I was struck by the degree to which Murphy's article used the same technique as that used by more euphoric views of technology, however much their conclusions might differ: make a set of assertions about the importance of certain artworks or technologies that are at best subjective and at worst arbitrary, then conclude with whether you liked the older ones or newer ones better. Whether things are getting better or worse thus seems to depend largely on whether you prefer Daniel Defoe or Stephen King, or whether you happen to see more ploughs or iPhones.
The most convincing analysis of this sort that I've encountered is the one in Jaron Lanier's You Are Not a Gadget (2010). Writing about music, he argues that no new genres of music have appeared since hip hop in the 1980's, and that no one could tell whether a pop song that came out in the past twenty years was released in the 1990s or the 2000s. In another section, he argues that open source software consists largely of clones of prior commercial software. I'm sure there are plenty of musicians and open source software developers who might argue otherwise, but Lanier's points are at least testable hypotheses.
Given that the importance of any particular technology or piece of art is so subjective I'm not sure it's really very meaningful at all to make sweeping statements about whether art or technology is getting better or worse, or faster or slower. The Lord of the Rings, for example, has been immensely influential for generations of fantasy writers and readers, but I don't imagine it means much to writers and readers of, say, romantic comedies. There might nonetheless be more specific statements that could be made, but they need much more robust than merely making a list of what one individual likes and doesn't like.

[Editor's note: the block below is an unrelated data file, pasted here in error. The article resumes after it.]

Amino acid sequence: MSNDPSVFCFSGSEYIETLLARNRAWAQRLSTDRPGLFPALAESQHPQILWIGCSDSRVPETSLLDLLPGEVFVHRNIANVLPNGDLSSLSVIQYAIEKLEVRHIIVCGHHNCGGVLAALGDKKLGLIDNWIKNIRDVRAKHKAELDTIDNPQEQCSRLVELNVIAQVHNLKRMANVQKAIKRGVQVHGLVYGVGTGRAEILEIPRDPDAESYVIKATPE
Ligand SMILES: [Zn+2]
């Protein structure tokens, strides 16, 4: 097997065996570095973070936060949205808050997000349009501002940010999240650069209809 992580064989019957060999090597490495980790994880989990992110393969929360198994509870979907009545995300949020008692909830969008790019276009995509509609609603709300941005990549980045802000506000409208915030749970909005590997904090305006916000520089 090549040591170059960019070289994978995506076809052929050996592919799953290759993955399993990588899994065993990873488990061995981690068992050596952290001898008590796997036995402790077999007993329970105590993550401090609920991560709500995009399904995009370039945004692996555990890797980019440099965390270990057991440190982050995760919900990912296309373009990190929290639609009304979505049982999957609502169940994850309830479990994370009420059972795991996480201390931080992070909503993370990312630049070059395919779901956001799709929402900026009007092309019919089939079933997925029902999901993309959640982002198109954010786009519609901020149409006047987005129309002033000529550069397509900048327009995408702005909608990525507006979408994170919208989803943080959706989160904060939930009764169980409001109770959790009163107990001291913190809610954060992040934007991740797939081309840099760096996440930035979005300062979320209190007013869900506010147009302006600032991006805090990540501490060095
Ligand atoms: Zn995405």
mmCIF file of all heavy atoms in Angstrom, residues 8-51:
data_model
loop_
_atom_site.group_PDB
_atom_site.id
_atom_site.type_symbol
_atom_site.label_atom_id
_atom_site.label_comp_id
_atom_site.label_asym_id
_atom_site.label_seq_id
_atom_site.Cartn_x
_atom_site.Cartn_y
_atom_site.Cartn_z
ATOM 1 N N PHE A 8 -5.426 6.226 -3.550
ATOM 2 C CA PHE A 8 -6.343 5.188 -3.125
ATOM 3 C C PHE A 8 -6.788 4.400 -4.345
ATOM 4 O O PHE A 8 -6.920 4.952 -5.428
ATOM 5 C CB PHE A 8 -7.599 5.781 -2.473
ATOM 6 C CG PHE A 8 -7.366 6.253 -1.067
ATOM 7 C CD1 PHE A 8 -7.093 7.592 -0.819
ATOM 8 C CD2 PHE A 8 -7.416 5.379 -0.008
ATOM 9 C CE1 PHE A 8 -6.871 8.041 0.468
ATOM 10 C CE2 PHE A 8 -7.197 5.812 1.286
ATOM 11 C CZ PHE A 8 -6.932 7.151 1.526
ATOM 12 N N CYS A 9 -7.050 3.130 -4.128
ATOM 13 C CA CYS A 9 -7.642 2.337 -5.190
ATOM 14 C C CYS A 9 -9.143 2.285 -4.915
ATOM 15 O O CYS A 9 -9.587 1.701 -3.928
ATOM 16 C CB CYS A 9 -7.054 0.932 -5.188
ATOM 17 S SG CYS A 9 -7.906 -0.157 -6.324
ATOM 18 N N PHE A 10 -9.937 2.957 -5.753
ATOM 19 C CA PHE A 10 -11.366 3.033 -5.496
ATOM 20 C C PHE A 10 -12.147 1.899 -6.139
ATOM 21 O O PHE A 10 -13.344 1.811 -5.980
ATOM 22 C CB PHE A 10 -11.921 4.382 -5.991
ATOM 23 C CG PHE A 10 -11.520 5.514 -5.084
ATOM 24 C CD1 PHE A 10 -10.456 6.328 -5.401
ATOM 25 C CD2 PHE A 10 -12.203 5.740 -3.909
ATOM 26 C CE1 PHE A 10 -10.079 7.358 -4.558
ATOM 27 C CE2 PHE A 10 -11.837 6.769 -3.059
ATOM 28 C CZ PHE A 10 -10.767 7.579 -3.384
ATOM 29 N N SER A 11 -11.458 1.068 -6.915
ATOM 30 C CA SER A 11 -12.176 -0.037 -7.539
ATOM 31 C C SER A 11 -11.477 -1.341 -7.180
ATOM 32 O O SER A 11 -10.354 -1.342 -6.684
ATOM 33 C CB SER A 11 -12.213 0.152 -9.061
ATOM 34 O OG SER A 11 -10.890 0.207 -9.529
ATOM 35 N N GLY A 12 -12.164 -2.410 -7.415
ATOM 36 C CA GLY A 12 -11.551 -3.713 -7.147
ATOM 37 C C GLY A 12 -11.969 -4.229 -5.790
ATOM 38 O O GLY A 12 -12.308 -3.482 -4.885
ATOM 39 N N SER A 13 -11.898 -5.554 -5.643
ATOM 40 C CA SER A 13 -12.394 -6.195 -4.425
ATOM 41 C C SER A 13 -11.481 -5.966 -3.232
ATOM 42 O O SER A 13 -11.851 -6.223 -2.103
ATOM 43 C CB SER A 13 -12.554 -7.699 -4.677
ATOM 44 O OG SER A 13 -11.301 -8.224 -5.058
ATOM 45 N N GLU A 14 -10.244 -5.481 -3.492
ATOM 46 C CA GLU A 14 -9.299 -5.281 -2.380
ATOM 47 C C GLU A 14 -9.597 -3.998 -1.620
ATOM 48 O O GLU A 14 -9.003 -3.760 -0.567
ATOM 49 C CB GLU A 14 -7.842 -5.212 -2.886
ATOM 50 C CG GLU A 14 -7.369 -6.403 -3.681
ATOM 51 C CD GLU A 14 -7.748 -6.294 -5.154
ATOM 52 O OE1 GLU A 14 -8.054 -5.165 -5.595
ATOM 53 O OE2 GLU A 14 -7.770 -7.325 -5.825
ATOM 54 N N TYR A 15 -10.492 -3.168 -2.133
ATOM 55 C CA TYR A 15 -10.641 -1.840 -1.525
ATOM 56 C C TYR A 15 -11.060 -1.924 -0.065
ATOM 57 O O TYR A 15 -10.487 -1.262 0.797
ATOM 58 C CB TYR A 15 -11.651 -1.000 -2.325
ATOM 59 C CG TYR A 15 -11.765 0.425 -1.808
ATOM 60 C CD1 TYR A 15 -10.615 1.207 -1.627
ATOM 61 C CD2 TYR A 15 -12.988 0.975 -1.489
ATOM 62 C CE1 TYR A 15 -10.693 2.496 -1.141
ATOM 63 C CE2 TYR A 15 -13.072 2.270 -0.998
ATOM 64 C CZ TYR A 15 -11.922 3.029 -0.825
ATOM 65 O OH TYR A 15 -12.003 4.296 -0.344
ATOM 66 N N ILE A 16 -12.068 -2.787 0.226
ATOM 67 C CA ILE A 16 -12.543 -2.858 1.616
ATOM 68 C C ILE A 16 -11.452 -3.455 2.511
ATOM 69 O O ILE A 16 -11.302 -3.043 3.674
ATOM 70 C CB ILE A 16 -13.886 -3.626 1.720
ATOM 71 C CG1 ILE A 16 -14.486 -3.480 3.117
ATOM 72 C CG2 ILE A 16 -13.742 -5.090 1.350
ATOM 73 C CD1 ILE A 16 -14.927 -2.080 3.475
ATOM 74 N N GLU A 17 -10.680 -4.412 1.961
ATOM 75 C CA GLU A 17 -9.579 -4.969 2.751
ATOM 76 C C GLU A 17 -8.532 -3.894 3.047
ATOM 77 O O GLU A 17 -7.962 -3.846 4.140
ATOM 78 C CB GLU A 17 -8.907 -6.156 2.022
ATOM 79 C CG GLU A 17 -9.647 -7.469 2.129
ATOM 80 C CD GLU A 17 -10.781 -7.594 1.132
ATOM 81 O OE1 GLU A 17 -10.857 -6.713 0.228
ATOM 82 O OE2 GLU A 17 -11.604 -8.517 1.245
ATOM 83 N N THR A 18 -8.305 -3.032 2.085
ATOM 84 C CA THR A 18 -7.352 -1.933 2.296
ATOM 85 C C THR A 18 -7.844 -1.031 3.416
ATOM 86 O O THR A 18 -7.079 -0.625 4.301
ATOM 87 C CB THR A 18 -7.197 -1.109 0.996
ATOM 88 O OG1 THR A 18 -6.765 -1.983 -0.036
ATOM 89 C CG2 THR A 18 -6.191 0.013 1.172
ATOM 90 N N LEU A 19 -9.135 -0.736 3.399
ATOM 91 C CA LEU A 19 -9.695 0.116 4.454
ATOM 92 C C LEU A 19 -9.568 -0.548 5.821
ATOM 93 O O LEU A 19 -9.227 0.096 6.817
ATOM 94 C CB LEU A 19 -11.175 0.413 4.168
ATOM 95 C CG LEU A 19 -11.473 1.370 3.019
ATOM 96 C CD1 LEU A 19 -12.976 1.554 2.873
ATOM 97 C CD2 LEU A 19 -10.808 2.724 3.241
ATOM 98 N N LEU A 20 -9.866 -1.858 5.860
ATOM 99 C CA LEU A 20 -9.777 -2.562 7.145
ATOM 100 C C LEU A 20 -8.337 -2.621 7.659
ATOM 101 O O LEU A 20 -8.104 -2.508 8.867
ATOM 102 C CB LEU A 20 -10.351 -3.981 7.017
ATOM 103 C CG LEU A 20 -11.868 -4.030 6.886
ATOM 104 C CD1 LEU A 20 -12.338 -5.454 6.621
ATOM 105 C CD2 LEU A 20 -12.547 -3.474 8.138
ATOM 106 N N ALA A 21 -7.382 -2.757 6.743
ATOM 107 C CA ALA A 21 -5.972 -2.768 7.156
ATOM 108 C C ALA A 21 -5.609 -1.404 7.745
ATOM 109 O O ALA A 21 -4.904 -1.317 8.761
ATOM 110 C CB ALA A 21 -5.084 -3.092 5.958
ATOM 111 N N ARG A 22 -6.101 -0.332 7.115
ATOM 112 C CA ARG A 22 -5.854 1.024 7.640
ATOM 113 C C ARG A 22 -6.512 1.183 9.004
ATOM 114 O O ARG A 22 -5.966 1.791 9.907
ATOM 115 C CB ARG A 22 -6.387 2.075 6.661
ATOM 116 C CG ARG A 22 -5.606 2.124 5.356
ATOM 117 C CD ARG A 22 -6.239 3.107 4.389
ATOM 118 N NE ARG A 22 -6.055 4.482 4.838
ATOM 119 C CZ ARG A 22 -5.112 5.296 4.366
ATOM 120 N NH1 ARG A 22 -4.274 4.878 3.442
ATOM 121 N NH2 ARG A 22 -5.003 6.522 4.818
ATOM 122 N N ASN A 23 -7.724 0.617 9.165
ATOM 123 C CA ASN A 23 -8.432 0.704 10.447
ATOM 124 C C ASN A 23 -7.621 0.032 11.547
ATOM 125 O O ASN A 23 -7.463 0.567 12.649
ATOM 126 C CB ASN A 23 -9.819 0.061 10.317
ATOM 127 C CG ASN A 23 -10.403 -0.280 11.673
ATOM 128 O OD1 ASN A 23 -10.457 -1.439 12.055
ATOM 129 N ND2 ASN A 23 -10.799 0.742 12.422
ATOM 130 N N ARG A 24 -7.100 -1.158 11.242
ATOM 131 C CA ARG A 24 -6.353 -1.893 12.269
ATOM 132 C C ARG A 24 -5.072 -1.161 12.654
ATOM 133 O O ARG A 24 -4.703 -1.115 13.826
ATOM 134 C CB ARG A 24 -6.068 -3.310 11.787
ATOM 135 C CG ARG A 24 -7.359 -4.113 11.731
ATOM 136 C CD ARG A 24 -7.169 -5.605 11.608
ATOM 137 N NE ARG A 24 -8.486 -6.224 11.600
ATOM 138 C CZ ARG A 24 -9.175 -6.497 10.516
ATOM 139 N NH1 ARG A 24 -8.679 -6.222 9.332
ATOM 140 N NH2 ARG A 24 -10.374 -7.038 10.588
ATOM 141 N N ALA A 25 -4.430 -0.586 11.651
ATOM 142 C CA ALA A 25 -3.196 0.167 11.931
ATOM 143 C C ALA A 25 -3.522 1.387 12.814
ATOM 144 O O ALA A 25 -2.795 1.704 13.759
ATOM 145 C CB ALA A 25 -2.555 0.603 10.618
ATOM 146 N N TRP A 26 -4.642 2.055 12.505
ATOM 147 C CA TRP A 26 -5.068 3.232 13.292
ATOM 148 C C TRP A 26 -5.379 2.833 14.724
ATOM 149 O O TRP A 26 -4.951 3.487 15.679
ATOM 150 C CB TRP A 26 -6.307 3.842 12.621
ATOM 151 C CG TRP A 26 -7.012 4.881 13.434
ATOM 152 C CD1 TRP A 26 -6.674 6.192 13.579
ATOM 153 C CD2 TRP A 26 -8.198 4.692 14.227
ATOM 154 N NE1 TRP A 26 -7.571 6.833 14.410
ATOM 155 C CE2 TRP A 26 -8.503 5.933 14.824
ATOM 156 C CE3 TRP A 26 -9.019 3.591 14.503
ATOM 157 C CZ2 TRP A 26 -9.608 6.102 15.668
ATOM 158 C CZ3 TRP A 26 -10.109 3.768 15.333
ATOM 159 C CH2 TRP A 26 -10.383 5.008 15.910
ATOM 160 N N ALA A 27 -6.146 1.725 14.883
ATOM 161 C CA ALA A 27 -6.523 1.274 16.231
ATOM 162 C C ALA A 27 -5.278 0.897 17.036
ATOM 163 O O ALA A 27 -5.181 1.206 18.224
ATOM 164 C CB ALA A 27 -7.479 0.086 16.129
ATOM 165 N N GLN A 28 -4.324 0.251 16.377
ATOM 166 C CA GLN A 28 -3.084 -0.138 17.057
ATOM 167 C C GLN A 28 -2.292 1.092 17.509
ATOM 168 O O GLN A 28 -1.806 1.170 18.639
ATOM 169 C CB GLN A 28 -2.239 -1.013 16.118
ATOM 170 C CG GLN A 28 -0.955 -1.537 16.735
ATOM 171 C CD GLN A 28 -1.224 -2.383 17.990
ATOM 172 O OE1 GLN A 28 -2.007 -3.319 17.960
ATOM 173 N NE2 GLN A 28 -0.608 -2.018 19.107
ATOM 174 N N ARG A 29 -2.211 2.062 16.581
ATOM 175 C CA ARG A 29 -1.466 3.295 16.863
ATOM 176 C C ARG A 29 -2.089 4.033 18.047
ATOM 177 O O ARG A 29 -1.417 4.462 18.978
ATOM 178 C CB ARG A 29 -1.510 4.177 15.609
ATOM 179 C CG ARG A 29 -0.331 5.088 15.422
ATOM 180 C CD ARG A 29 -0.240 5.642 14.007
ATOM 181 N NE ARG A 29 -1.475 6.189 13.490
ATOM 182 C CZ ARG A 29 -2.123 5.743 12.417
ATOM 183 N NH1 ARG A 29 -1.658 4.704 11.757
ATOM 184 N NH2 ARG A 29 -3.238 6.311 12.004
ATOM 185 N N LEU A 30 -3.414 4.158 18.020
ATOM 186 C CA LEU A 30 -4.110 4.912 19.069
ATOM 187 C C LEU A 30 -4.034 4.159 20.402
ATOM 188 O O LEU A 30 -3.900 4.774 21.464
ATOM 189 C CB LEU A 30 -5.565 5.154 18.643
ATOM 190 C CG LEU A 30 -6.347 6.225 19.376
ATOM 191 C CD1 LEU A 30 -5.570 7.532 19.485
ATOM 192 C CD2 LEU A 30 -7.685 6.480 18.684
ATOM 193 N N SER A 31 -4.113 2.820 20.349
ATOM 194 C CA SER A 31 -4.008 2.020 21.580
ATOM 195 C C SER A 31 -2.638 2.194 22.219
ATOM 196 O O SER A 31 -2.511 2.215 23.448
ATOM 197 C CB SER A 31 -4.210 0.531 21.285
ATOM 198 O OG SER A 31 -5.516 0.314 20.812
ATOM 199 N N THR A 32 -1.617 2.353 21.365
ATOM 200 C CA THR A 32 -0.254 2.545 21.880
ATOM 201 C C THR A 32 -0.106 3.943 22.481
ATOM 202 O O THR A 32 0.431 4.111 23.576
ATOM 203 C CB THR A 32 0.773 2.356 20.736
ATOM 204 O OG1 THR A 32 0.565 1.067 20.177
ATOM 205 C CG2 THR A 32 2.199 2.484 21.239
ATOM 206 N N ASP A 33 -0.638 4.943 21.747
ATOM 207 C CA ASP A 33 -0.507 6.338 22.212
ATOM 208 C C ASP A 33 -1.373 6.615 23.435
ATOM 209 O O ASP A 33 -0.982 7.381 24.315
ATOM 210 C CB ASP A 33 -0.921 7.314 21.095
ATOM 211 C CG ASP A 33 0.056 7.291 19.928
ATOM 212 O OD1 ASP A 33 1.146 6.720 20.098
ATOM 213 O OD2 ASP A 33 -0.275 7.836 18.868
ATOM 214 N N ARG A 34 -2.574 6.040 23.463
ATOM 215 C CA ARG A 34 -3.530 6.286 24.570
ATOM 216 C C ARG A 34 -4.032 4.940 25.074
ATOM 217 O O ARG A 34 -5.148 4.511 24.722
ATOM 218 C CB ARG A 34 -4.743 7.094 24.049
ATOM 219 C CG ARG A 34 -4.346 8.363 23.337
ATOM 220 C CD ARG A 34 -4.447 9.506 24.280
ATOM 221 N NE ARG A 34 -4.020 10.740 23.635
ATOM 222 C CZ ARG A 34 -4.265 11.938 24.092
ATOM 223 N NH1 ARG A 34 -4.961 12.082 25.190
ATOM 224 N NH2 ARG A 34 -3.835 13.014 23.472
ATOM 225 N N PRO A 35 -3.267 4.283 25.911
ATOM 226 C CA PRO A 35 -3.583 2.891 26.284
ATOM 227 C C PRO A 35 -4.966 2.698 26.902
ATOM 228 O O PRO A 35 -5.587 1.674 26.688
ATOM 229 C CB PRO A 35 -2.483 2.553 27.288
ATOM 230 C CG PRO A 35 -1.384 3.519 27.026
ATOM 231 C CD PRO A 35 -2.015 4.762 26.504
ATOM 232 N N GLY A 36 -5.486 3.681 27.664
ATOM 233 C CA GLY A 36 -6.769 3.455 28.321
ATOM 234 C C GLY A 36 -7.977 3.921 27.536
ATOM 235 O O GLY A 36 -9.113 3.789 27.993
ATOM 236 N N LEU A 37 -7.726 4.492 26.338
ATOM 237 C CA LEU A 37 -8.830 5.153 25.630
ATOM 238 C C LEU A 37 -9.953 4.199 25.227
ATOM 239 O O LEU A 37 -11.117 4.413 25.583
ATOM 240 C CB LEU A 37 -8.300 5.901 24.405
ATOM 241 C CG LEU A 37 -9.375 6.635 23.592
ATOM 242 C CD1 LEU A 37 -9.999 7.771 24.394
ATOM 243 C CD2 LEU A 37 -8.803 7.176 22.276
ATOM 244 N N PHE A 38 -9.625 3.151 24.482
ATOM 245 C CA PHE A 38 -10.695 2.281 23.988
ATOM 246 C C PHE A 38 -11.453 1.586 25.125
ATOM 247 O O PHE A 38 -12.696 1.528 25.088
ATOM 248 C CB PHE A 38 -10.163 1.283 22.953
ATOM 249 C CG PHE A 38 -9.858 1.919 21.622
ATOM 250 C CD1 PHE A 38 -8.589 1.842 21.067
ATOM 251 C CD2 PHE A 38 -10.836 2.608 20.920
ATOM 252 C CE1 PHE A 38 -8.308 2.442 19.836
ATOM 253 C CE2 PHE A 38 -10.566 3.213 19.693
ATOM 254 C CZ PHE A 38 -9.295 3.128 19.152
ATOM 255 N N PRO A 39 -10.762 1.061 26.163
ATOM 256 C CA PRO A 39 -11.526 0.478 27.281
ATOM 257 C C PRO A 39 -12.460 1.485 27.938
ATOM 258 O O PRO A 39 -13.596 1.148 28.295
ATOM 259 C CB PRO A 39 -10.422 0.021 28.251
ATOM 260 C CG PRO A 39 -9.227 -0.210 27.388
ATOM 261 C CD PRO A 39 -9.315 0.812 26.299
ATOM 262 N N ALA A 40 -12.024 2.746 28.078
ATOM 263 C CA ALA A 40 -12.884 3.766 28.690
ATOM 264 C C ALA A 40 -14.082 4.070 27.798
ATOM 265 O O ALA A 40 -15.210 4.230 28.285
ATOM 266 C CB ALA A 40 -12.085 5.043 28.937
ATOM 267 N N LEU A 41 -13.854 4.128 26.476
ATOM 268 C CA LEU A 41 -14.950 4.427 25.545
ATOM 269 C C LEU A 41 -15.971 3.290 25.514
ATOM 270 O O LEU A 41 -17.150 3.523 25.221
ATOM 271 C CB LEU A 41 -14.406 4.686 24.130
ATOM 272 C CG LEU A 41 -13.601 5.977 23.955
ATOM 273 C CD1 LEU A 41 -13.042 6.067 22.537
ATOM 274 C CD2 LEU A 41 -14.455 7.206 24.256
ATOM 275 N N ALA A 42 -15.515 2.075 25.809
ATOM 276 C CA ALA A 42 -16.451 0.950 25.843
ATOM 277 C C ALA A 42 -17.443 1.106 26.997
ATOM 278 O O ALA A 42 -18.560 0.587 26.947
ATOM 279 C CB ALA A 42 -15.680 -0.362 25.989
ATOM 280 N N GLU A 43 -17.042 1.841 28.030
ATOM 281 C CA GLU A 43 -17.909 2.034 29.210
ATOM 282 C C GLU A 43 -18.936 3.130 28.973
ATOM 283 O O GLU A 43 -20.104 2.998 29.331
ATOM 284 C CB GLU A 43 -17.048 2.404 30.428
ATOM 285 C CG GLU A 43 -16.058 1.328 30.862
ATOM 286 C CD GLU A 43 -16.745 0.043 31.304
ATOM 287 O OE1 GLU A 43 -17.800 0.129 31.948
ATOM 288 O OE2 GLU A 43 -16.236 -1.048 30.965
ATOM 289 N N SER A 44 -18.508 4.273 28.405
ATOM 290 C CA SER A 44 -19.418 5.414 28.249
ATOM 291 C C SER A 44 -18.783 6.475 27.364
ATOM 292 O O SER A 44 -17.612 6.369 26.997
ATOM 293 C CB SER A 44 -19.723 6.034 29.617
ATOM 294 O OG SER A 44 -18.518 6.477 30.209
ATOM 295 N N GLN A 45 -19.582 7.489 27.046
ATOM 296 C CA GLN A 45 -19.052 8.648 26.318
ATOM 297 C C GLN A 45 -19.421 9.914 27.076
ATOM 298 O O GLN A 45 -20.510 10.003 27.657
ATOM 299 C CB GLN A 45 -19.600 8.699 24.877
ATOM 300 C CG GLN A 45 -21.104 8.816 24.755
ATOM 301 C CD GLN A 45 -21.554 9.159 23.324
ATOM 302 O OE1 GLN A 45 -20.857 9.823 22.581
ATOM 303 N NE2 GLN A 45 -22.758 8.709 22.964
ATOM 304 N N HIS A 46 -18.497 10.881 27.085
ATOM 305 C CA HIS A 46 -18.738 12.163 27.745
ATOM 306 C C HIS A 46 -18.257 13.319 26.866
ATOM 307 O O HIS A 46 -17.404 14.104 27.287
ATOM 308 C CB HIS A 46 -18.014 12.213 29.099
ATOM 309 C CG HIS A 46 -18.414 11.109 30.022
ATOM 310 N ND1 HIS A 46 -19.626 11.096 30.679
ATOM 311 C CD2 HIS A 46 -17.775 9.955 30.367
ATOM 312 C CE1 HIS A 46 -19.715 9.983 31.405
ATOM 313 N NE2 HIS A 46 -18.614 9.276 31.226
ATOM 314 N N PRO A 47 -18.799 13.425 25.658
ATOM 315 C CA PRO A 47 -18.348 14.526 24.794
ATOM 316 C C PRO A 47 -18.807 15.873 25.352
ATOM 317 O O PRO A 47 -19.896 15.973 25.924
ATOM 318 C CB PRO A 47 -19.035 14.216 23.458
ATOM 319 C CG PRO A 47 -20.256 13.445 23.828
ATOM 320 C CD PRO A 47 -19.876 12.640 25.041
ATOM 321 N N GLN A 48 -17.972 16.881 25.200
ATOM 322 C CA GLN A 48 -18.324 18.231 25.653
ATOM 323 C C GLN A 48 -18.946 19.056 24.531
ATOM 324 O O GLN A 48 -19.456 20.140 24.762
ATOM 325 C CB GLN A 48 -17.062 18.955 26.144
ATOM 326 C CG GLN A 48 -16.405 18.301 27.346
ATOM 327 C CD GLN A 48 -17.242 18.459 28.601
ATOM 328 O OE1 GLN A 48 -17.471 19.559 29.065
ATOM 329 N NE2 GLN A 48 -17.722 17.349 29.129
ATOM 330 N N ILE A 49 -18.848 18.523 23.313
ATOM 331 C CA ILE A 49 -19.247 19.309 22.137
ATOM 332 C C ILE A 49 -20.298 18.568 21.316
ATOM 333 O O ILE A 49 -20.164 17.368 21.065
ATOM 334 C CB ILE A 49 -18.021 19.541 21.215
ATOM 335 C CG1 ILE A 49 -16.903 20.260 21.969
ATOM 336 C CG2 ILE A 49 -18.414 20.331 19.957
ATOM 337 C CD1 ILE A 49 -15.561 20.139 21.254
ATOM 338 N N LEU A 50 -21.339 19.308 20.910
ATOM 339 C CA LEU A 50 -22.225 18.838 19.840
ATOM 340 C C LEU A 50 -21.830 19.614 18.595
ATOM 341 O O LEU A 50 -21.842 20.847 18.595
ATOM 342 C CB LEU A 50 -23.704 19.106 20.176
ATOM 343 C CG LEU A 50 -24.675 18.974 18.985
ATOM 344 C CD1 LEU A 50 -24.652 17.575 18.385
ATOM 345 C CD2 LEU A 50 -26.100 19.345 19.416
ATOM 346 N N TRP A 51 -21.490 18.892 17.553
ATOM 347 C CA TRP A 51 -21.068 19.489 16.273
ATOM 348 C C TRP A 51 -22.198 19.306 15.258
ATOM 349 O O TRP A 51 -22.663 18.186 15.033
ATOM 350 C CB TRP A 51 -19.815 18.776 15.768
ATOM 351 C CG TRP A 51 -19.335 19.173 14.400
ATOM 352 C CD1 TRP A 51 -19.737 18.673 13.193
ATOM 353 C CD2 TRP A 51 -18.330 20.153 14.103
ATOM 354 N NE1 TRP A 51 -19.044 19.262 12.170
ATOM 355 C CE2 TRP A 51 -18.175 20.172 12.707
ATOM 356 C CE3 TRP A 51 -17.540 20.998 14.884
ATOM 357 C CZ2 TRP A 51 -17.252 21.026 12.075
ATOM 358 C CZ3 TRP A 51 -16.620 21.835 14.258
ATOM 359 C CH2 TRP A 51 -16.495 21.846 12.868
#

While expanding my thoughts on synthetic worlds for The Social Interface, I made a connection between Edward Castronova's concept of migration to synthetic worlds, and Robert Nozick's experience machine. Nozick postulates a machine able to give its user any experience he or she desired, but argues that no one would actually want to live in such a machine. Therefore, he argues, people do not subscribe to the utilitarian notion that we care only about the pain and pleasure we experience.
It's important for Nozick's argument that potential users of the experience machine are aware that it simulates experiences, since he argues that potential users would find this simulation dissatisfying irrespective of how good the experiences were. Castronova's synthetic worlds satisfy this criterion since their users are aware of entering and leaving their worlds, and this would be the case even if virtual reality technology advanced to the point that it could provide perfectly realistic experiences.
Assuming that Nozick is correct about a fully-informed person wanting to live in an experience machine, the question remains as to what might happen were someone to enter an experience machine without knowing it. Fully-functioning experience machines don't exist, but I think an argument can be made that certain aspects of them do. Would a person tricked into entering one feel cheated?
During the discussion that led to my dangerous idea last week, one of my colleagues observed that it felt rewarding to accept connection requests, and rude to decline them. I countered that this was exactly why I'd deleted my LinkedIn profile: it seemed superficially rewarding to accept connection requests, and at first I thought they might lead to something, but this quickly turned to disappointment when I realised that I wasn't actually connected to these people in any meaningful way, and it never led to anything.